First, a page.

Top 10 Common First Aid Mistakes You Should Avoid

Top 10 Common First Aid Mistakes You Should Avoid

The first aid measures taken before a patient arrives at the ER can make all the difference in a medical situation. Below are the top 10 most common first aid mistakes some of us do. Also learn how to respond correctly in a medical emergency and what you should do instead.

1. Knocked-out Tooth

Don’t scrub the knocked-out tooth hard even if it’s dirty. Just a gentle rinse will do.

Do place the tooth in milk and go to the ER immediately. There’s a good chance the tooth could be re-implanted.

2. Ingestion of Poison

Don’t induce vomiting with syrup of ipecac. If someone swallows a poisonous substance. Do not give anything to eat or drink unless a medical personnel instructed you to do so.

Do call the Poison Control Center or your doctor for advice if someone ingested a substance. Bring the ingested substance with its container to the ER.

3. Sprain, Strain or Fracture

Don’t apply heat to a strain, sprain or fracture. Heat can actually increase swelling and hinder the injury from healing as quickly as it could.

Do apply ice to reduce the swelling for about 20 minutes. Go to the ER if it is very painful to bear as you might have a fracture.

4. Burns

Don’t put butter, ice or any type of grease to burns. Also don’t cover a burn with blanket or towel, because loose fibers might stick to the skin. If you are dealing with a serious burn, always be careful not to break any blisters or pull off clothing that is stuck to the skin.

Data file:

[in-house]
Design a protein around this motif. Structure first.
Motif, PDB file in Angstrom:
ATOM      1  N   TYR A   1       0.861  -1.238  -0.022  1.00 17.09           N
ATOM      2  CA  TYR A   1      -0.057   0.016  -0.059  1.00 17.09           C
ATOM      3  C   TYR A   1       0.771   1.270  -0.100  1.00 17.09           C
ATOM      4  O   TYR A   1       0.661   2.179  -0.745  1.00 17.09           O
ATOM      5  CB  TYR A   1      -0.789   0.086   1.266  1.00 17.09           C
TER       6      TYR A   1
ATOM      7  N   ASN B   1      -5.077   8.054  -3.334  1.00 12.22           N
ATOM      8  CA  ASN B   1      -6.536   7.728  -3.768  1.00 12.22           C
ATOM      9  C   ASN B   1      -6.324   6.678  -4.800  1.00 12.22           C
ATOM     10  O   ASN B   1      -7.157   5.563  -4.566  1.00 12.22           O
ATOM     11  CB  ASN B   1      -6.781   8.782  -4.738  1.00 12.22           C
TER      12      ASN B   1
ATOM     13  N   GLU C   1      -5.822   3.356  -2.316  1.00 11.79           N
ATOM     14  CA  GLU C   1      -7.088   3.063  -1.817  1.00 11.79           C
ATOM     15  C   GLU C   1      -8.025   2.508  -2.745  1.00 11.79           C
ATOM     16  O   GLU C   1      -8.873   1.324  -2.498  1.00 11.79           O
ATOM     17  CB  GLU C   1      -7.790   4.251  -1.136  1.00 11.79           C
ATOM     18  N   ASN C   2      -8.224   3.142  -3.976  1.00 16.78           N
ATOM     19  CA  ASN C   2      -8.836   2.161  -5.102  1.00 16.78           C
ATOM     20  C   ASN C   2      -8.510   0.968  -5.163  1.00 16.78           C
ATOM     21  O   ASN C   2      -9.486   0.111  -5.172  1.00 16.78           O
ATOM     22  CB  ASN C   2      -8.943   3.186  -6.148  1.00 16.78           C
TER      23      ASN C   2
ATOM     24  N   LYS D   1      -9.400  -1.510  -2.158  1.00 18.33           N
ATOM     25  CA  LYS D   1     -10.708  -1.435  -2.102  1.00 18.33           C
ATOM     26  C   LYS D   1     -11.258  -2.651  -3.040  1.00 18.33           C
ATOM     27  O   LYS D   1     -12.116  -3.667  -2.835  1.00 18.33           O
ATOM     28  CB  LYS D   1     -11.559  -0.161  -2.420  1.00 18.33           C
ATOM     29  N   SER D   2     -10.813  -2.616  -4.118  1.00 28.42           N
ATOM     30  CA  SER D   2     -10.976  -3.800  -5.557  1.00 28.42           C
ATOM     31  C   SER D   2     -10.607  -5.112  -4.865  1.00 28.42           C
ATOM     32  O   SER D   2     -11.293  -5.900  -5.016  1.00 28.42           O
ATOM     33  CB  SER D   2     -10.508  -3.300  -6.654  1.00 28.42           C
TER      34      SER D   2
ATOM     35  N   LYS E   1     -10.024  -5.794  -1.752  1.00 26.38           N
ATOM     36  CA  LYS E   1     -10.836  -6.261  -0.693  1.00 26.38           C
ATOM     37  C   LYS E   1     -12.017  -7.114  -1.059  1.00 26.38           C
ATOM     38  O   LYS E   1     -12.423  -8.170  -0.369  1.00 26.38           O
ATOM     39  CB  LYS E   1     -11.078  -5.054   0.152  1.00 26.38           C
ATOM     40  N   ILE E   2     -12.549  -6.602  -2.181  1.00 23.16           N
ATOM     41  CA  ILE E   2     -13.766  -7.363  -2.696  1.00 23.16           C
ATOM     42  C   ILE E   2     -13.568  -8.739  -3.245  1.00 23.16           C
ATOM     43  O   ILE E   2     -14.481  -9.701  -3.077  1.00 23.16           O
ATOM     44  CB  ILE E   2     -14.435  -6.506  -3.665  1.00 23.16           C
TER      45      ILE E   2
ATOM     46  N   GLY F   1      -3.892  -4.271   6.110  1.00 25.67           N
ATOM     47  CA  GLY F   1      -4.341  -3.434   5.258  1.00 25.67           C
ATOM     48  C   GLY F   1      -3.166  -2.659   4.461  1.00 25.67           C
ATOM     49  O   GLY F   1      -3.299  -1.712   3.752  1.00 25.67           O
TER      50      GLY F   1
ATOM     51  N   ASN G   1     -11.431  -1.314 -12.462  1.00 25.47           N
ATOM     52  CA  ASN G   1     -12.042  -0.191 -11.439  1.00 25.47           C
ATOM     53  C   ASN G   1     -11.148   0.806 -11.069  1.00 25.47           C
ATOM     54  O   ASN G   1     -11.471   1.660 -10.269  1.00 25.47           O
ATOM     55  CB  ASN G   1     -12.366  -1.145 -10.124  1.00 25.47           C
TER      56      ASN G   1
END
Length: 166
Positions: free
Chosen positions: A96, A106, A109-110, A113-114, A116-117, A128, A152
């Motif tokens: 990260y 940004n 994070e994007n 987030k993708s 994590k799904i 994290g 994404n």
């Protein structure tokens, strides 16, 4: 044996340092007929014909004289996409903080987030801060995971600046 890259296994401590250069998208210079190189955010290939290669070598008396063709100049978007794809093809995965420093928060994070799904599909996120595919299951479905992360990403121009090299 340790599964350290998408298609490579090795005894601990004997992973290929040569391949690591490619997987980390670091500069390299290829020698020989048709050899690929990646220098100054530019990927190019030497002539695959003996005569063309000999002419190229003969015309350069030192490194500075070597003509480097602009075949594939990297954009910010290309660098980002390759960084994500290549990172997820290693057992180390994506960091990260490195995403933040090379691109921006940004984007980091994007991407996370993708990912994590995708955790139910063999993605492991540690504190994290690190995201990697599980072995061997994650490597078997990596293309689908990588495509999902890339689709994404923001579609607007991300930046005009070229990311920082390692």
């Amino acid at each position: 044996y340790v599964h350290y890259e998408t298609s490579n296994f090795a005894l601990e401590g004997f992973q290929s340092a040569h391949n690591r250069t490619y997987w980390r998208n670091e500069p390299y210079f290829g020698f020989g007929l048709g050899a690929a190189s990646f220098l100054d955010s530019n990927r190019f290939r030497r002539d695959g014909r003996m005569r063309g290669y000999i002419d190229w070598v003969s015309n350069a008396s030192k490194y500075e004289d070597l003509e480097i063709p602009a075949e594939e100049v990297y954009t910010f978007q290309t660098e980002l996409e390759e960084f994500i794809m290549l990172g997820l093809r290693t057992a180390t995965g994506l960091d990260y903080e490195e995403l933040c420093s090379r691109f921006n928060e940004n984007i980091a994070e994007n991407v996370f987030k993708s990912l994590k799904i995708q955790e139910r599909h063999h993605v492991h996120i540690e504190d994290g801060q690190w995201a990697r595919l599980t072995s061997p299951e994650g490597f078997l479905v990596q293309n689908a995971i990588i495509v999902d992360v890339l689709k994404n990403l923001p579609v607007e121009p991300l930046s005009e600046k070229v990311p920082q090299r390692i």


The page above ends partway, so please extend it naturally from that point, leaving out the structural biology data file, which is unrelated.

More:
Do treat a burn with cool water. If it is severe and starts to blister, see a doctor immediately. Always keep the affected area clean and loosely covered with a sterile and dry dressing.

5. Bleeding

Don’t use tourniquets, as this might cause permanent tissue damage.

Do apply steady pressure to the wound using a gauze pack or clean towel, and wrap the wound securely. Go to the ER if the bleeding does not stop. To prevent shock, keep the victim warm.

6. Foreign Substance in the Eye

Don’t rub your eye if a foreign substance gets into your eye. It could cause a serious abrasion or scratch to the eye.

Do rinse the eye with tap water.

7. Reducing fever

Don’t sponge or rub alcohol on the skin to reduce a fever. Alcohol may be absorbed by the skin, that can cause alcohol poisoning, especially in young children.

Do lower a fever by taking ibuprofen. If fever continues for several days, see a doctor immediately for treatment.

8. Nosebleed

Don’t lean back. After the bleeding has stopped, don’t bend over or blow your nose.

Do lean forward and sit upright and pinch your nose steadily, just below the nasal bone, for at least 5-10 minutes. If the bleeding persists for 15 minutes go to the ER.

9. Seizures

Don’t put anything in the victim’s mouth.

Do put and lay the victim on the ground if possible, in an open space and roll the victim onto his/her side. Call the Emergency Hotline or go to the ER immediately.

10. Scrape and Cuts

Don’t apply first-aid ointment, cover the wound with a bandage and leave it untended to heal for a few days. The quickest way to let the wounds heal is exposure to fresh air. It is generally best not to apply ointments or creams, since it will keep the wound moist.

Do wash the wound first with soap and water. Change the dressing at least twice a day. When sleeping, the bandage should be replaced with a looser dressing so air can circulate around the wound. In the morning, a slightly tighter bandage should be applied, just tight enough not to cut off the circulation. Try to keep the wounded area dry.